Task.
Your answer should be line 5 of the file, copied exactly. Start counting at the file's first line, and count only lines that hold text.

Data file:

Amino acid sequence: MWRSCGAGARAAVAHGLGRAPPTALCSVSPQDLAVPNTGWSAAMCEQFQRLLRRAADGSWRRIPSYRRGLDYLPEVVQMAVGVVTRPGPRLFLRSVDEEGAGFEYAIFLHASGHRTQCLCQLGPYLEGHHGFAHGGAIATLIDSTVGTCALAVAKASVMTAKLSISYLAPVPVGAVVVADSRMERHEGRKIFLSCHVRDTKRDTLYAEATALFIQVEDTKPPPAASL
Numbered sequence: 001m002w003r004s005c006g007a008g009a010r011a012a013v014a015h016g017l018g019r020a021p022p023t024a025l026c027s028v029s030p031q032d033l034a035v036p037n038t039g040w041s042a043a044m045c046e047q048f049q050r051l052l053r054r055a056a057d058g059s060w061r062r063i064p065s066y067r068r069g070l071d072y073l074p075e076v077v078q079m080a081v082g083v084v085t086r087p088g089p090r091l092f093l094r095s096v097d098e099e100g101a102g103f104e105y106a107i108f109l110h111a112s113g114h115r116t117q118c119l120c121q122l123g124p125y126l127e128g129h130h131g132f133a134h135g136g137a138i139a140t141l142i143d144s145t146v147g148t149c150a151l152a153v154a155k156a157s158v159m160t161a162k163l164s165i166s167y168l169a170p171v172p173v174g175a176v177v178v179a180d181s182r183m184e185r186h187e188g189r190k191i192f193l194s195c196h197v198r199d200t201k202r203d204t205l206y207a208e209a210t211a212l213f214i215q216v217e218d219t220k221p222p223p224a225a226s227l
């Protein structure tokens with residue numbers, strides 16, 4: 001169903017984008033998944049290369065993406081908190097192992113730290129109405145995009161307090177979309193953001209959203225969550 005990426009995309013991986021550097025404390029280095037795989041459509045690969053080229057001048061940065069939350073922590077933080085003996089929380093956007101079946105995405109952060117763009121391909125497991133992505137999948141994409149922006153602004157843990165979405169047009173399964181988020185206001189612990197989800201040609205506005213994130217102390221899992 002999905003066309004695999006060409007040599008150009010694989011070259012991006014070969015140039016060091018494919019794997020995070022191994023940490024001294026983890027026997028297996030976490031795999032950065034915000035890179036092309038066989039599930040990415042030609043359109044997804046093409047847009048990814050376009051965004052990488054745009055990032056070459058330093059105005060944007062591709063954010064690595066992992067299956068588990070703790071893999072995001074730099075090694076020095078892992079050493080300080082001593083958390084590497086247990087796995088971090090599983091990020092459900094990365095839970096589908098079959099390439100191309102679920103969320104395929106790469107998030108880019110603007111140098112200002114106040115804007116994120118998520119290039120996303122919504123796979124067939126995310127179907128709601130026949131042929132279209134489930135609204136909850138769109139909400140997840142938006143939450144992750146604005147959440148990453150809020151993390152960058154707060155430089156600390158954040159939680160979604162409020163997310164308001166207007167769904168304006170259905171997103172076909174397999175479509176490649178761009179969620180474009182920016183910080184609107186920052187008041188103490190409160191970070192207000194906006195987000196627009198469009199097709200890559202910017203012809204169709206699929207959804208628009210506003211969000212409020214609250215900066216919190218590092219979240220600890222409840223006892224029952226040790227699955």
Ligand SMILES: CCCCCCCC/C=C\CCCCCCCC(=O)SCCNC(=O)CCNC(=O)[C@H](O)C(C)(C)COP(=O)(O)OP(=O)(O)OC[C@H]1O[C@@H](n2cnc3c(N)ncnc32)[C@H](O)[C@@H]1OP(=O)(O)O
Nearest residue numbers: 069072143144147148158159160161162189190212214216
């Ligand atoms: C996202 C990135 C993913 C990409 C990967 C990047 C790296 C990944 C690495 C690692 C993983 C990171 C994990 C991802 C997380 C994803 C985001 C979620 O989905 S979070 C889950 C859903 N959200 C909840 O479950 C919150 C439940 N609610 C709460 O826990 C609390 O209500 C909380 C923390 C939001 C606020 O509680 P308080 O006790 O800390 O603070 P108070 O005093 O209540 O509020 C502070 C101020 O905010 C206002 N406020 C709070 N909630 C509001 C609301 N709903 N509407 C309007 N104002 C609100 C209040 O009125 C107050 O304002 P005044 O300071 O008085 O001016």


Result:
Nearest residue numbers: 069072143144147148158159160161162189190212214216